This is a classic case of a tone-deaf staff decision originating in the bowels of the agency that needs to be elevated and reversed by senior CMS appointed leaders. CMS staff has undermined the public commitments of agency leadership that status quo decision-making has truly transformed to a patient-centric and value-based framework. Worse, in the midst of the coronavirus pandemic, CMS staff are defending an action that exacerbates real fears of exposure among the medically vulnerable Medicare CKD population and disregards the enormous efforts these patients and their families are engaged in to carefully follow CDC, NIH and White House guidance to stay home and stay healthy.
The coronavirus also worsens the existing problem of patient adherence to their medically necessary treatments. Some infusion centers have closed as physicians are trying to reduce the exposure of immune-compromised patients to potentially infected persons, making it more difficult for patients to get treatment. Further, concerns about potential exposure to the coronavirus, or actual exposure to the virus, could cause some patients to miss necessary infusion treatments altogether.
Missed treatments could lead to downstream consequences in the short and long term. Short term, patient nonadherence could lead to more hospitalizations and higher risks of blood transfusions at a time when there is a severe national blood shortage. Long term, nonadherence could lead to more patients being diagnosed with cardiovascular disease and end-stage renal disease. These outcomes will increase the stress on the healthcare system when CDC guidance is attempting to do the opposite.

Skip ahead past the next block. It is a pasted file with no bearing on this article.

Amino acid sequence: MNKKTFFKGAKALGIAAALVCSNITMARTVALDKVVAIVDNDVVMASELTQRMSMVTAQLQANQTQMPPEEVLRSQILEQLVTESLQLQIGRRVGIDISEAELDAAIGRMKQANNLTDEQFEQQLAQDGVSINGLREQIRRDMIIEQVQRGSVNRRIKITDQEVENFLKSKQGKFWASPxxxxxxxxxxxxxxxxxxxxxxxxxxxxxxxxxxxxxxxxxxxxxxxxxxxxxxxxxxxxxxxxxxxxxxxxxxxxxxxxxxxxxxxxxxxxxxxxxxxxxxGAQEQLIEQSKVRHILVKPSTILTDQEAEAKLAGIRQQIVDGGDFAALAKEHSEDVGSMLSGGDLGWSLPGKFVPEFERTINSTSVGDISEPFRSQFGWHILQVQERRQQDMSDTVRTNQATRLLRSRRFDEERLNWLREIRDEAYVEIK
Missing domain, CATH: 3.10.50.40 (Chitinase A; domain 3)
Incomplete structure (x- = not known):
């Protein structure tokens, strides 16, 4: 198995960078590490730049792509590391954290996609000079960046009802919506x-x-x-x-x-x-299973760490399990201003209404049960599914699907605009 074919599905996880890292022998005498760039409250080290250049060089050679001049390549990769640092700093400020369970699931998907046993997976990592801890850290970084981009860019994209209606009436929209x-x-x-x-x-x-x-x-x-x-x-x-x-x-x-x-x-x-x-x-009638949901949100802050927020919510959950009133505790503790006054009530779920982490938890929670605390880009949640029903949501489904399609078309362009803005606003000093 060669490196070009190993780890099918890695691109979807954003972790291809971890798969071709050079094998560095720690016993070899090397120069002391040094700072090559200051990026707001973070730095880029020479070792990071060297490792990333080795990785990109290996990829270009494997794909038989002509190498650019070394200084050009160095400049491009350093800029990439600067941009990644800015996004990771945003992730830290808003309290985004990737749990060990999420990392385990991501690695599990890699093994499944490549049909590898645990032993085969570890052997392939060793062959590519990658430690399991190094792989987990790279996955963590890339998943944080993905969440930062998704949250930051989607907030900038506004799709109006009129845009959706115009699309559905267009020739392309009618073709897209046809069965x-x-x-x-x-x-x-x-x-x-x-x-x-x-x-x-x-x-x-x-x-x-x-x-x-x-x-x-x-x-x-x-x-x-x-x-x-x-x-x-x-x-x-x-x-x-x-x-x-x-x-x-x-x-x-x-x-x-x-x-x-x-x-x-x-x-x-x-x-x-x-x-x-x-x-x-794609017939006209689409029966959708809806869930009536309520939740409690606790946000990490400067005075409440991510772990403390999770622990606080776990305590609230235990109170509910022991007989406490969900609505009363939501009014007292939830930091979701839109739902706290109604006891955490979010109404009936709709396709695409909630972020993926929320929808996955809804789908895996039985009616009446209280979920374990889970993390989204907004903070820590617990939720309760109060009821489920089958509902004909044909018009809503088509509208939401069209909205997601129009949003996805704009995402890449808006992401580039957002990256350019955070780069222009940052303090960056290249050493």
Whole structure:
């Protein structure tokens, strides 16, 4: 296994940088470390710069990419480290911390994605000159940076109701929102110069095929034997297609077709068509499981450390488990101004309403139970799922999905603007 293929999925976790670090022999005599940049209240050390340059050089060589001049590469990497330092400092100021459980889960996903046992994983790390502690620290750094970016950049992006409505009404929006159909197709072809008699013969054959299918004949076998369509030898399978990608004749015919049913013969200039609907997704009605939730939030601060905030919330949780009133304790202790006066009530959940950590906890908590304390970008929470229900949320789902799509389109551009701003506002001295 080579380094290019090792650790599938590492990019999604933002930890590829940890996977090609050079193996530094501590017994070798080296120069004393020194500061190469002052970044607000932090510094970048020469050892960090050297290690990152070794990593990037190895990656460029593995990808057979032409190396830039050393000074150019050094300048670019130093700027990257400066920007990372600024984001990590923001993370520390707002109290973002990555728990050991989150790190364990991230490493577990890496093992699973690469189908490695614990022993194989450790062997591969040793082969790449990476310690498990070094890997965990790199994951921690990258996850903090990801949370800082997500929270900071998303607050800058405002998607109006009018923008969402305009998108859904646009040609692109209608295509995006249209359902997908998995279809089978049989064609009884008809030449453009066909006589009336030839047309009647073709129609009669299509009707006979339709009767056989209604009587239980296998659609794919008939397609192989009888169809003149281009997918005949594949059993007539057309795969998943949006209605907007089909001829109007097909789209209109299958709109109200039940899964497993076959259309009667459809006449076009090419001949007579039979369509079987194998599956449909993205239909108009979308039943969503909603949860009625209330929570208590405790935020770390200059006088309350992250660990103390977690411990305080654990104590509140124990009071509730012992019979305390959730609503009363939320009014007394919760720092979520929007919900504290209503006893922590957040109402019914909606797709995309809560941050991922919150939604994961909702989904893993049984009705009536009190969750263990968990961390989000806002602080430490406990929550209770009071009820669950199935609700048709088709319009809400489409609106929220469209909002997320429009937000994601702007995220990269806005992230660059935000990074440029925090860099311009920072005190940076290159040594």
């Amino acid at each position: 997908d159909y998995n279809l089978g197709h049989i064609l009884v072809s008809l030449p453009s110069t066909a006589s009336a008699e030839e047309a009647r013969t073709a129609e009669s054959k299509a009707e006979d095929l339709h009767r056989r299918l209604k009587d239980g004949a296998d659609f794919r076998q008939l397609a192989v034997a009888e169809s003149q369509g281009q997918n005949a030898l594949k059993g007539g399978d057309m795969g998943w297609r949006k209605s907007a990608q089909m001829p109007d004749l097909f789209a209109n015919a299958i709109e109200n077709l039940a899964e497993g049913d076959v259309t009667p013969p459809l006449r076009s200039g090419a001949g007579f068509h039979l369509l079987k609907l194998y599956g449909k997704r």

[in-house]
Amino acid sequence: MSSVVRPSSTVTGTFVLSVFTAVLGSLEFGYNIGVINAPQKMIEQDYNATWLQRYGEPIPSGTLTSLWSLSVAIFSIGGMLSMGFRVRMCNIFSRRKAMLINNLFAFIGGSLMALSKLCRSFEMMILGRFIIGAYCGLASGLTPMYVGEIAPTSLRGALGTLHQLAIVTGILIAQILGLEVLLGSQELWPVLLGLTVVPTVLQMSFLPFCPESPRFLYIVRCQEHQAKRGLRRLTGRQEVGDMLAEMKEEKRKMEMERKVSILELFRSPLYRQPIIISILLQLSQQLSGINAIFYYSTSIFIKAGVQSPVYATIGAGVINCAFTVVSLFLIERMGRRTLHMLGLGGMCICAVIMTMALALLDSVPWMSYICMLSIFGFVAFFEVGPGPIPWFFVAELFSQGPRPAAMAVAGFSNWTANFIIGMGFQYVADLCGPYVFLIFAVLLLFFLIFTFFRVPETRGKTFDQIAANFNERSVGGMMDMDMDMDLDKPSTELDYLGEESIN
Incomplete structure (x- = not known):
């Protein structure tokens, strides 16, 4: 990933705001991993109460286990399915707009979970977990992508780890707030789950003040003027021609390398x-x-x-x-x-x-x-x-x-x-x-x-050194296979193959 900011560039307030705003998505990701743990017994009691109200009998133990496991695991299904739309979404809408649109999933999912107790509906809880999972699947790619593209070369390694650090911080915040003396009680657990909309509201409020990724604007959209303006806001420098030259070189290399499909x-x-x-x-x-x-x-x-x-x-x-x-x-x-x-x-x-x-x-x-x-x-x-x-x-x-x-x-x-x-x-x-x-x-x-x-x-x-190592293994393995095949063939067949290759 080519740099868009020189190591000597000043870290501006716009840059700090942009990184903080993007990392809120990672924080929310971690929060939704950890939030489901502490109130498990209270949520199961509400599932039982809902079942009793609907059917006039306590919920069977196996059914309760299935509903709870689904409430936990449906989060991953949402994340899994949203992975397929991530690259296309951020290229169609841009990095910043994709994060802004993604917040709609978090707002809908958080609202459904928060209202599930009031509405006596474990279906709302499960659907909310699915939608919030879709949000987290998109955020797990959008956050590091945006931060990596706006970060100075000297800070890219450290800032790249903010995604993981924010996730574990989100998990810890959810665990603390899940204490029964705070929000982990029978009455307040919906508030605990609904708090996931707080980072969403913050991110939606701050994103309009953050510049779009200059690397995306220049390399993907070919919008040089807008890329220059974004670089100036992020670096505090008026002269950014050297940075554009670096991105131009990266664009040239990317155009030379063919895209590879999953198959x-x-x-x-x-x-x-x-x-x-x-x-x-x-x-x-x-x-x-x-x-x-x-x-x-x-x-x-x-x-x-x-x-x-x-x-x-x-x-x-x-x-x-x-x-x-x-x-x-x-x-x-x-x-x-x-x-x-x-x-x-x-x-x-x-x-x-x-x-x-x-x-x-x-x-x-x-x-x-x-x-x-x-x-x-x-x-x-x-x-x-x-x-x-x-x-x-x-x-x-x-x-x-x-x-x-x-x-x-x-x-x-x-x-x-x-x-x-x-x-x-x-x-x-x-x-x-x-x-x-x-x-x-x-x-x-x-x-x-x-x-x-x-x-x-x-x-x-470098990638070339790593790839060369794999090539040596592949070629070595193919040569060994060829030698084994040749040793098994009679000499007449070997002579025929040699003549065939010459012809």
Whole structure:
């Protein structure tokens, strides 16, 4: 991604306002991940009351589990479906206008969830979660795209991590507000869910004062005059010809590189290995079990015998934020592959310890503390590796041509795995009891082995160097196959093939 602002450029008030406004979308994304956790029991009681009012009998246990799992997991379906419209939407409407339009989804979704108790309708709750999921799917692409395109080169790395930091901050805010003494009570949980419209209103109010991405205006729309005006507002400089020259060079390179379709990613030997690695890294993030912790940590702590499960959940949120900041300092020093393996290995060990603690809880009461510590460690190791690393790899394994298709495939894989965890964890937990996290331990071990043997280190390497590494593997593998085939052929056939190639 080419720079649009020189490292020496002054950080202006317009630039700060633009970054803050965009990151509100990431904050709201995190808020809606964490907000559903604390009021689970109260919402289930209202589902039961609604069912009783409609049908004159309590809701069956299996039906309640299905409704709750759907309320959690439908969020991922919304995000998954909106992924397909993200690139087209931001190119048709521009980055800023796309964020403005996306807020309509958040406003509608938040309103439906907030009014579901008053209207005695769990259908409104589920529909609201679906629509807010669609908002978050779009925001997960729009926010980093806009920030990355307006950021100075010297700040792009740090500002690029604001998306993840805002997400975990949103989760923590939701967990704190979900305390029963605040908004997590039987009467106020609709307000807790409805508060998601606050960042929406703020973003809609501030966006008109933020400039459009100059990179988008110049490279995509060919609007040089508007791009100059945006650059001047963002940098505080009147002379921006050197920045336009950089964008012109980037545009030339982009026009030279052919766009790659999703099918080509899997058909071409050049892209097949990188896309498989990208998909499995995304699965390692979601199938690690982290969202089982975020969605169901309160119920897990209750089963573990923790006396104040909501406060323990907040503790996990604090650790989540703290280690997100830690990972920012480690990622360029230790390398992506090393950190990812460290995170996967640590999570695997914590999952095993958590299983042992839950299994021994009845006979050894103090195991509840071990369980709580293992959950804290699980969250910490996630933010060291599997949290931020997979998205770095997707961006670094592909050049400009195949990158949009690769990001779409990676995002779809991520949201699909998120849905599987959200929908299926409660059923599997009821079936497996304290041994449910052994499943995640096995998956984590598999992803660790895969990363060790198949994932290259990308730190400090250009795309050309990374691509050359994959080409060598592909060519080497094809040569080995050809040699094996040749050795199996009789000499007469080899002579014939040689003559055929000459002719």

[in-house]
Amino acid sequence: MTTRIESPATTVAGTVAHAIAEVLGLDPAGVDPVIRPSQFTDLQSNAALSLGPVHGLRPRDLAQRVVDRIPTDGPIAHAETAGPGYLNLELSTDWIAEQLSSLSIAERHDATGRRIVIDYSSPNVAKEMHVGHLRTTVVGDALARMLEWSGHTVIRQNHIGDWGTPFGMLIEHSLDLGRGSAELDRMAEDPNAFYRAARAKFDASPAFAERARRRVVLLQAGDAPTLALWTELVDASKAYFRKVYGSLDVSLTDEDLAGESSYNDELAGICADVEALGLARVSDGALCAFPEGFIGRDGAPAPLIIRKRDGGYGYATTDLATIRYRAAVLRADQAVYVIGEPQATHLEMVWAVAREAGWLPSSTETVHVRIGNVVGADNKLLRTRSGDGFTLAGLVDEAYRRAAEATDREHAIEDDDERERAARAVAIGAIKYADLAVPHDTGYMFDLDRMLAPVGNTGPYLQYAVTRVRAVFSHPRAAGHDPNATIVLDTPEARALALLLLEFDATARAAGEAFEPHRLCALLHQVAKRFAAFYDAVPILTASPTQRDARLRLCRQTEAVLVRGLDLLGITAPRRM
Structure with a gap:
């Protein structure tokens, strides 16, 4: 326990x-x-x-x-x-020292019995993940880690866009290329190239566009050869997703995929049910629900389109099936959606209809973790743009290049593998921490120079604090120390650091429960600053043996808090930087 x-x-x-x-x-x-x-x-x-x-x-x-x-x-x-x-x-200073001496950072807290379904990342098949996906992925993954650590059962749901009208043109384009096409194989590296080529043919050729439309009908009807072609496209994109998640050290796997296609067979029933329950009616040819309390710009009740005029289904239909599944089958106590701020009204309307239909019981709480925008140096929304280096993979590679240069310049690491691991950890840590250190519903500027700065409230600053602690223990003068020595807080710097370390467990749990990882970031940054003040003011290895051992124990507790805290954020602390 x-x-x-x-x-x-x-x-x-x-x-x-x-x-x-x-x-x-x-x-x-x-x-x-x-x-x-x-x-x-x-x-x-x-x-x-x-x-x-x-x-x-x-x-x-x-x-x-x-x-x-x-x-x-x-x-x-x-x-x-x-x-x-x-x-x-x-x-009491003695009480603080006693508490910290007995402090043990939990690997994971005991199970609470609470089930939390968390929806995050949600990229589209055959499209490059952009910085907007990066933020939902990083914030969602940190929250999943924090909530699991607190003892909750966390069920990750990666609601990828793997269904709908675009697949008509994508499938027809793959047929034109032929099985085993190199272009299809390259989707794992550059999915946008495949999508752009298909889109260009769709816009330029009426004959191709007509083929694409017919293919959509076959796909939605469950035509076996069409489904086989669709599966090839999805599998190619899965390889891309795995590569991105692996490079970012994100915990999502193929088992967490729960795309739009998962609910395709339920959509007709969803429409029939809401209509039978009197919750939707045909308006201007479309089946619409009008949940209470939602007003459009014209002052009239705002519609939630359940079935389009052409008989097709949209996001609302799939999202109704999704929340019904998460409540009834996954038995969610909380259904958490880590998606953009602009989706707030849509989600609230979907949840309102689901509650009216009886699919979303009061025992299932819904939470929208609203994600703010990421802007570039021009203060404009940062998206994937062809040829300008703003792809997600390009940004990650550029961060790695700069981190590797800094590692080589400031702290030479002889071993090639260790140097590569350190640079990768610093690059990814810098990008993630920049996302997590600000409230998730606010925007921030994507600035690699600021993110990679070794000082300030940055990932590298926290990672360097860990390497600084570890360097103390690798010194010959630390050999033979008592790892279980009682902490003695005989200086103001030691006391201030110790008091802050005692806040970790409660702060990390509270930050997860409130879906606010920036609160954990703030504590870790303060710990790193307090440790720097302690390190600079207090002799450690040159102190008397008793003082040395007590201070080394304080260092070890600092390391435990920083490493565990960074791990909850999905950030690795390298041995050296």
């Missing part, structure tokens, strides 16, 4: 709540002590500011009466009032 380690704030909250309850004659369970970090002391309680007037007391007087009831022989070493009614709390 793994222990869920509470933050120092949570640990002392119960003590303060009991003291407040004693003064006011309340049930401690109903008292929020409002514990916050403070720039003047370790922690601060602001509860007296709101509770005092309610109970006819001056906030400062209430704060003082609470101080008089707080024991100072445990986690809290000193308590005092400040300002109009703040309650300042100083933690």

Empowering doctors to prescribe an oral therapy to CKD patients who can benefit from it increases the likelihood that patients will adhere to their medication regimen, decreases the number of untreated anemia cases, and, importantly, allows vulnerable patients to remain safely at home without risking exposure at infusion centers.
The CMS decision to stop covering Auryxia was never sound. Costs from this policy have increased significantly due to the coronavirus. CMS can eliminate these costs and support the CDC’s attempts to manage the COVID-19 pandemic by changing its reimbursement policy and allowing millions of patients to take their anemia medicines at home – rather than making an unnecessary trip to a hospital or medical clinic.